Investigators conducted a search at Alexei Navalny parents’ business, the opposition figurehead said in his Twitter account.
His parents own a wicker factory in Russia’s Odintsovo district, just outside Moscow.
“As far as I understand they are looking for documents related to the ‘criminal group’ Navalny has created in Kirov,” he wrote, adding that the search was conducted by Russia’s Investigative Committee.
The Investigative Committee confirmed the search report, saying that Navalny is one of the factory co-founders.
Investigators are looking for documents and other items that could point to Navalny’s “illegal activities in 2009,” the committee said in statement posted on its website.
On July 31 the Investigative Committee formally charged Navalny with “grand embezzlement” under a criminal code statute that calls for up to 10 years in prison.
In early August the Prosecutor’s Office in Russia’s central Vologda Region urged the court to rule as extremist flyers masterminded by Navalny that criticize the ruling United Russia Party.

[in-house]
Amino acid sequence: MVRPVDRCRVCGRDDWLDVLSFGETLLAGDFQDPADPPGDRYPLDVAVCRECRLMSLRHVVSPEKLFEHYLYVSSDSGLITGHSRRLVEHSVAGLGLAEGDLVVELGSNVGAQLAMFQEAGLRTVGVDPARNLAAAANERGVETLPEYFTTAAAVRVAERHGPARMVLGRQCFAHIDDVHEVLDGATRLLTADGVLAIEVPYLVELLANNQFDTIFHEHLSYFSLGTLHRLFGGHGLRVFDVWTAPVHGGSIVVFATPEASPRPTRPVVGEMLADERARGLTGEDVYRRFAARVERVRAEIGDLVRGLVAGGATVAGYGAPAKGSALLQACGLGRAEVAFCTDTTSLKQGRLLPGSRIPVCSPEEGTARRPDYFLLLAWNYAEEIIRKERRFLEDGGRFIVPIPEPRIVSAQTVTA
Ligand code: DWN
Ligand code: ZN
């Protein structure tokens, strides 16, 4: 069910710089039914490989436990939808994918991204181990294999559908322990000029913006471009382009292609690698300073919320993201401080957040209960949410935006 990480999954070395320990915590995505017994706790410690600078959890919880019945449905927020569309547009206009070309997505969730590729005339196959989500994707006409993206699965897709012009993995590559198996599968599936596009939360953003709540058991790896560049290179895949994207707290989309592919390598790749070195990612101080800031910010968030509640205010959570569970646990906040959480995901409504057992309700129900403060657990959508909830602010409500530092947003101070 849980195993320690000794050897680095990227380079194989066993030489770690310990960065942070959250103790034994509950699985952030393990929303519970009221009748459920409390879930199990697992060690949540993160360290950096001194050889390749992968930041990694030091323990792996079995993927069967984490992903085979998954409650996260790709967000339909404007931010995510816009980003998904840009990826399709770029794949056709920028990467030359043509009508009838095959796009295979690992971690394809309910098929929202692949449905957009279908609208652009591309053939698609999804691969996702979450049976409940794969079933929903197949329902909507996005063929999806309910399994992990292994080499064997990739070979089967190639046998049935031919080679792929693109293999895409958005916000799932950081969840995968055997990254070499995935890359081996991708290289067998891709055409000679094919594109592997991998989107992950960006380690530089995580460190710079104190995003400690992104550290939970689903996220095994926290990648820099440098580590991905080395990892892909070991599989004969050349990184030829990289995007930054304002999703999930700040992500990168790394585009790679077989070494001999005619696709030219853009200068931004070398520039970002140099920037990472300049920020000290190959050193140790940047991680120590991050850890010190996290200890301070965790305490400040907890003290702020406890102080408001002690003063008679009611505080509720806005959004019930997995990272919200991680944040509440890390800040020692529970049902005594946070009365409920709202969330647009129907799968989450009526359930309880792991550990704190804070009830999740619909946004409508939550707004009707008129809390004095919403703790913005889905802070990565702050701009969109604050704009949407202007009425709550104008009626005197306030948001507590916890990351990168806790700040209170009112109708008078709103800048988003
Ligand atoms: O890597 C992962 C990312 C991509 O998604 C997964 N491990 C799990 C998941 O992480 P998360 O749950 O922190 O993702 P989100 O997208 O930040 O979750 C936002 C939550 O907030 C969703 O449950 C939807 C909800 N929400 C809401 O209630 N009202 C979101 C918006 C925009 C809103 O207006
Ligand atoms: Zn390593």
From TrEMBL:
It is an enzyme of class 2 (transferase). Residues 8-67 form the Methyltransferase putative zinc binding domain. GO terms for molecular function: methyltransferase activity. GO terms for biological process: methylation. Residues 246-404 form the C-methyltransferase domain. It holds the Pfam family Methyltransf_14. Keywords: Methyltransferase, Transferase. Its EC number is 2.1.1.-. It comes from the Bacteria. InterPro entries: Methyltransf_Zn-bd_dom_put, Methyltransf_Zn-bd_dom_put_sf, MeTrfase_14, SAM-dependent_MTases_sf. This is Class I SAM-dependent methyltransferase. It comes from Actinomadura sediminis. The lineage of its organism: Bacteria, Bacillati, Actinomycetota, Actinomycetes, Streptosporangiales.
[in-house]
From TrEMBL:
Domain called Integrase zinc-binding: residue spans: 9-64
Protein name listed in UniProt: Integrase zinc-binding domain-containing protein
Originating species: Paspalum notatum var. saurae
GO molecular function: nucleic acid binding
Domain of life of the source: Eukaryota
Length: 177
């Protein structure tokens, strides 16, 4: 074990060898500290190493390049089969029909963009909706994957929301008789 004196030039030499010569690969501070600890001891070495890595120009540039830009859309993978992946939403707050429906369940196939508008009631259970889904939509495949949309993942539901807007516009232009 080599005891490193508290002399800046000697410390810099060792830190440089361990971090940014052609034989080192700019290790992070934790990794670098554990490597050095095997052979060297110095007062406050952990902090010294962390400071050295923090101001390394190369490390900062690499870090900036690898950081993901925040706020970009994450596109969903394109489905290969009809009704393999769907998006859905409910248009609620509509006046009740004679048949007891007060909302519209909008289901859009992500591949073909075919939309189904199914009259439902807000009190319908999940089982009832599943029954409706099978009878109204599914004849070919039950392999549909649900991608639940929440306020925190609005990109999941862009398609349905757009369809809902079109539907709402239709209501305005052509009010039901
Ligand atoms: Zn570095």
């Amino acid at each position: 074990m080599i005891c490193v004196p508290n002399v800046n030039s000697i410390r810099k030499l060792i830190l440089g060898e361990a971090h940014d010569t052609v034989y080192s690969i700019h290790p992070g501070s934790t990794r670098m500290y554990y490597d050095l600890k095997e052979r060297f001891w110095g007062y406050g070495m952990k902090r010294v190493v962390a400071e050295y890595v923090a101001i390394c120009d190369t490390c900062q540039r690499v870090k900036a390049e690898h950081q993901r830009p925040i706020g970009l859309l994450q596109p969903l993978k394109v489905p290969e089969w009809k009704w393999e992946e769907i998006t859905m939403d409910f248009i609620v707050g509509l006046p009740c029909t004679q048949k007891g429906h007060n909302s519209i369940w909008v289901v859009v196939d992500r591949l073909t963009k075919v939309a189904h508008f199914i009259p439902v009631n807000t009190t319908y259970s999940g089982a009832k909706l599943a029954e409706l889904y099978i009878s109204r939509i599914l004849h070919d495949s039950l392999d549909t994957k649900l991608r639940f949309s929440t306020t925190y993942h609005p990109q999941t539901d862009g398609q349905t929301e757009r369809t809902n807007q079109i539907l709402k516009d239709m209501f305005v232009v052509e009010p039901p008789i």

Navalny, who launched the Good Truth Machine propaganda campaign in late May, has issued opposition flyers available for download on his Web site. The leaflet shows a table with utility price tariffs in several Russian regions. The utility prices directly correlate with the loyalty that a region’s residents showed to United Russia at the parliamentary elections on December 4, 2011.
The prosecutors say that the leaflet contains “deliberately false information,” linking hikes in utility prices with the number of votes cast for United Russia in different regions.
In mid-June, Navalny urged his supporters to write or stamp political slogans on banknotes. Banknotes with Navalny’s trademark slogan – “United Russia is a party of crooks and thieves” – began appearing at the end of last year.
Navalny reckons that if 5,000 people each stamp 100 banknotes, then every citizen in the country will come across such a banknote at least once.